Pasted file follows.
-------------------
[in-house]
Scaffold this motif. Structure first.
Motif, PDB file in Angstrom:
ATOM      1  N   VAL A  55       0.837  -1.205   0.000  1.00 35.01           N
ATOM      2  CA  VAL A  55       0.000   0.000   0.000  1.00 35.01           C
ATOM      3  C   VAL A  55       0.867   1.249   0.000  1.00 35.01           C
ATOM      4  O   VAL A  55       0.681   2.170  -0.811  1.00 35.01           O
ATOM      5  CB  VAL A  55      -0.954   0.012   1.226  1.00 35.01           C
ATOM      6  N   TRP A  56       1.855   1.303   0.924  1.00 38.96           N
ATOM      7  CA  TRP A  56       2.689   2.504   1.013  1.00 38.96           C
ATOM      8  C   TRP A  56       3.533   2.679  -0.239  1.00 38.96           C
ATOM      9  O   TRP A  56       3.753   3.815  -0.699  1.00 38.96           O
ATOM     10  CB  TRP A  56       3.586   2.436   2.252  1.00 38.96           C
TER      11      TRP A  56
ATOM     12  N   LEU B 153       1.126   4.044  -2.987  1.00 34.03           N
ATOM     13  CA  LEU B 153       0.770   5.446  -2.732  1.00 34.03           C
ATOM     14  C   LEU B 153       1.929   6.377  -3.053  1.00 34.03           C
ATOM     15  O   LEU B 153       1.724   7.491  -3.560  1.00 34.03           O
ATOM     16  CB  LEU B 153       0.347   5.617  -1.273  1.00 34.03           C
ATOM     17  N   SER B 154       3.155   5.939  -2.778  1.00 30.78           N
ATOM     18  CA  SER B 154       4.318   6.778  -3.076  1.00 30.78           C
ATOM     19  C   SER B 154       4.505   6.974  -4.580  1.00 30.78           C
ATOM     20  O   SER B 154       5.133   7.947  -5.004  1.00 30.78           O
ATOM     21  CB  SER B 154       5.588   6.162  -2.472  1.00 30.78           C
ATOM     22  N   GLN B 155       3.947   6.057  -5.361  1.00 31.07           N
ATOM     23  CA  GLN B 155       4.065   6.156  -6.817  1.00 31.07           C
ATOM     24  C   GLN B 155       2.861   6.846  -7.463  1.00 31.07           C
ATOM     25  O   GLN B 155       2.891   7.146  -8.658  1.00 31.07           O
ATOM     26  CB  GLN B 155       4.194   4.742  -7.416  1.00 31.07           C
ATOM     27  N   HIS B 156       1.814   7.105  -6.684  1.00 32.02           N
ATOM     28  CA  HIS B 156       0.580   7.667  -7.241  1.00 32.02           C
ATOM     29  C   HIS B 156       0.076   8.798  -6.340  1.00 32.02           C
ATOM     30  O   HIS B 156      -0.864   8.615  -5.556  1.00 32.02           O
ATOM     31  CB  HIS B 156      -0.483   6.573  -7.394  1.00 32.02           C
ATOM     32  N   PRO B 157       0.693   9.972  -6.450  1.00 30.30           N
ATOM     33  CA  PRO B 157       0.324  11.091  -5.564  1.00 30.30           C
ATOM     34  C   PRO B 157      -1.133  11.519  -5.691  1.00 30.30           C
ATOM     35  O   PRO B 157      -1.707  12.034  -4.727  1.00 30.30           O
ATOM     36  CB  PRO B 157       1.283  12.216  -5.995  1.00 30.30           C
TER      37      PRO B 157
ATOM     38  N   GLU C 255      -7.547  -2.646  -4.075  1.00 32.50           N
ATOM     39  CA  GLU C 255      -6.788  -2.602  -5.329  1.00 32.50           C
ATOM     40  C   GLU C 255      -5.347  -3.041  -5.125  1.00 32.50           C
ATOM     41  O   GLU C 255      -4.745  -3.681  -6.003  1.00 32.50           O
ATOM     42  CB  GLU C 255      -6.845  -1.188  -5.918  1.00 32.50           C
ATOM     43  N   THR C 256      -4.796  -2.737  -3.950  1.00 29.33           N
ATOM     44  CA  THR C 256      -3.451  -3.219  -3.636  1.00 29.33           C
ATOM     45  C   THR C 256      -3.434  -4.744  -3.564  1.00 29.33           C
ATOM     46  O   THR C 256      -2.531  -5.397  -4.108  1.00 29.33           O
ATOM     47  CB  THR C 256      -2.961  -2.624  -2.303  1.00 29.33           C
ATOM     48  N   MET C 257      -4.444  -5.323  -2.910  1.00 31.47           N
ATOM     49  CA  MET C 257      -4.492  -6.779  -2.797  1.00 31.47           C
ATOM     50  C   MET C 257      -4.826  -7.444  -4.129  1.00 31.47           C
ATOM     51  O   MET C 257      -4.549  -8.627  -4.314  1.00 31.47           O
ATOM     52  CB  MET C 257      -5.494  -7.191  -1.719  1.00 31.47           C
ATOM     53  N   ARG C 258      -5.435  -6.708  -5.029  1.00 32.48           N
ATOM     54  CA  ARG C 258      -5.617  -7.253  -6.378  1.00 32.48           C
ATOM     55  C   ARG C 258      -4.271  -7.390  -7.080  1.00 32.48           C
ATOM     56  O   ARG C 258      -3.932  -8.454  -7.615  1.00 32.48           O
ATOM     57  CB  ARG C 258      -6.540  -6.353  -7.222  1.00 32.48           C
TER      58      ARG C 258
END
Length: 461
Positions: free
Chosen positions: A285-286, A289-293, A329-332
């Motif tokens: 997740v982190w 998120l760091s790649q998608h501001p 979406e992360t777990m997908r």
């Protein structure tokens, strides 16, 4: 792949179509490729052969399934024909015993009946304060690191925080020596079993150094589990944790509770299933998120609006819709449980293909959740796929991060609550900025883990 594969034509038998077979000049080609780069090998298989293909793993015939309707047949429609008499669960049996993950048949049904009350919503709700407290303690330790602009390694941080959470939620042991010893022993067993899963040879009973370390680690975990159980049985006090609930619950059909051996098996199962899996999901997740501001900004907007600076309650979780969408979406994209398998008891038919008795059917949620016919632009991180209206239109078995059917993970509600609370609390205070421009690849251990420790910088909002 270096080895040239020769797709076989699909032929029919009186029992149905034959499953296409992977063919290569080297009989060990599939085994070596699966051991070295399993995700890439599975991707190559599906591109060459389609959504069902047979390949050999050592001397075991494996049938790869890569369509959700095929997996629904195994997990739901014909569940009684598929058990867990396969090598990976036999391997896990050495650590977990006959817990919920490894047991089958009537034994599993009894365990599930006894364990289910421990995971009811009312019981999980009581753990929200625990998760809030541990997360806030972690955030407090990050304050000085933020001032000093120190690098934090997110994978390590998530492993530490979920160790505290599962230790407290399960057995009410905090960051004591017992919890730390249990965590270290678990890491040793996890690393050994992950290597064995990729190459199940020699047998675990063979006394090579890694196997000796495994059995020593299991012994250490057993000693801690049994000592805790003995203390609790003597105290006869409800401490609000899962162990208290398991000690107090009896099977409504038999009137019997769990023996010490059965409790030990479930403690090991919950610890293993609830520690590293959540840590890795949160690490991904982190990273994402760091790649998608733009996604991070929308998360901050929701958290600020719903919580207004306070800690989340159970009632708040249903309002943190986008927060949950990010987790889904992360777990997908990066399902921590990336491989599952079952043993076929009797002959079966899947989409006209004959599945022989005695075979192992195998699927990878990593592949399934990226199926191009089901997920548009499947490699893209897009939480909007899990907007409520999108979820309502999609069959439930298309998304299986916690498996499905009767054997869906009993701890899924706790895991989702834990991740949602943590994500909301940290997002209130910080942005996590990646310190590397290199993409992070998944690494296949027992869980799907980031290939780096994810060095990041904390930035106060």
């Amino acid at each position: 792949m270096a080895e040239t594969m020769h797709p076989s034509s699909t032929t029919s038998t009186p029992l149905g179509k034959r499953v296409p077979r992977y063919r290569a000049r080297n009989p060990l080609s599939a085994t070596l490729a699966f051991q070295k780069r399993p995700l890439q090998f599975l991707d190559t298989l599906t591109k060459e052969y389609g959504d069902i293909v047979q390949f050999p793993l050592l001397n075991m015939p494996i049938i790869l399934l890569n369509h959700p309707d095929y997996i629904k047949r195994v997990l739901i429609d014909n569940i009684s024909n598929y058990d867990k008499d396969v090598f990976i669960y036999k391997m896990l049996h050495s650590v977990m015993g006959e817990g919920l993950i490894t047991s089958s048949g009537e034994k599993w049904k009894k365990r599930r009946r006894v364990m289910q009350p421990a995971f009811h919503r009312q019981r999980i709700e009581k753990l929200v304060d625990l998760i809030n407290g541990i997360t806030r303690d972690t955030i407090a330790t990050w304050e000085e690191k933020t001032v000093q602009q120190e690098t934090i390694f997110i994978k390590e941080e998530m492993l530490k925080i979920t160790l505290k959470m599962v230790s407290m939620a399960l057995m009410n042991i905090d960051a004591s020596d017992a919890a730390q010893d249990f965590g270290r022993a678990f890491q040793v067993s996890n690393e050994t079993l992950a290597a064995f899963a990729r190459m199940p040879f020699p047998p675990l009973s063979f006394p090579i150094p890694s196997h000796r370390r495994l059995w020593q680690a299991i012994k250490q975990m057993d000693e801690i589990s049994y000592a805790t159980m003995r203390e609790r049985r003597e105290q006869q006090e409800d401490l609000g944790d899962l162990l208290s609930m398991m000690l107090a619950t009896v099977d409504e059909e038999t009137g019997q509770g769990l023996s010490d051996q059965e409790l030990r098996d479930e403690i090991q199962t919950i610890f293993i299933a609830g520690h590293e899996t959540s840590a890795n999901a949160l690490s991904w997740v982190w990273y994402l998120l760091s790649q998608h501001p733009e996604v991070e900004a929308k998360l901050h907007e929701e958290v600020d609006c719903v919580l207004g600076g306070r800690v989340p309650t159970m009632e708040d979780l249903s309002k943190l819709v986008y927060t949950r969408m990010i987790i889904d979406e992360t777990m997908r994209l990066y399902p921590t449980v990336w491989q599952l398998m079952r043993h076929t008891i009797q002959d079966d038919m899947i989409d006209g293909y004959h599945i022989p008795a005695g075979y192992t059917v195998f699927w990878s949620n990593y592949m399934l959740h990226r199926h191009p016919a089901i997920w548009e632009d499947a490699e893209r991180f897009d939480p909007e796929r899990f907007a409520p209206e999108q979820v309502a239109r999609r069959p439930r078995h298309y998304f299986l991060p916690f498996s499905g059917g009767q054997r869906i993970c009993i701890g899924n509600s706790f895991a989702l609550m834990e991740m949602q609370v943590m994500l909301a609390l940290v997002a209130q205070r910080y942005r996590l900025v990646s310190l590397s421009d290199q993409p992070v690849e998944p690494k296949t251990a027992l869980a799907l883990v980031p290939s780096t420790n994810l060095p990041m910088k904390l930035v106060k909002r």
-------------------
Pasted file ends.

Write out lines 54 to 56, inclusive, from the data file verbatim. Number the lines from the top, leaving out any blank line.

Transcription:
ATOM     51  O   MET C 257      -4.549  -8.627  -4.314  1.00 31.47           O
ATOM     52  CB  MET C 257      -5.494  -7.191  -1.719  1.00 31.47           C
ATOM     53  N   ARG C 258      -5.435  -6.708  -5.029  1.00 32.48           N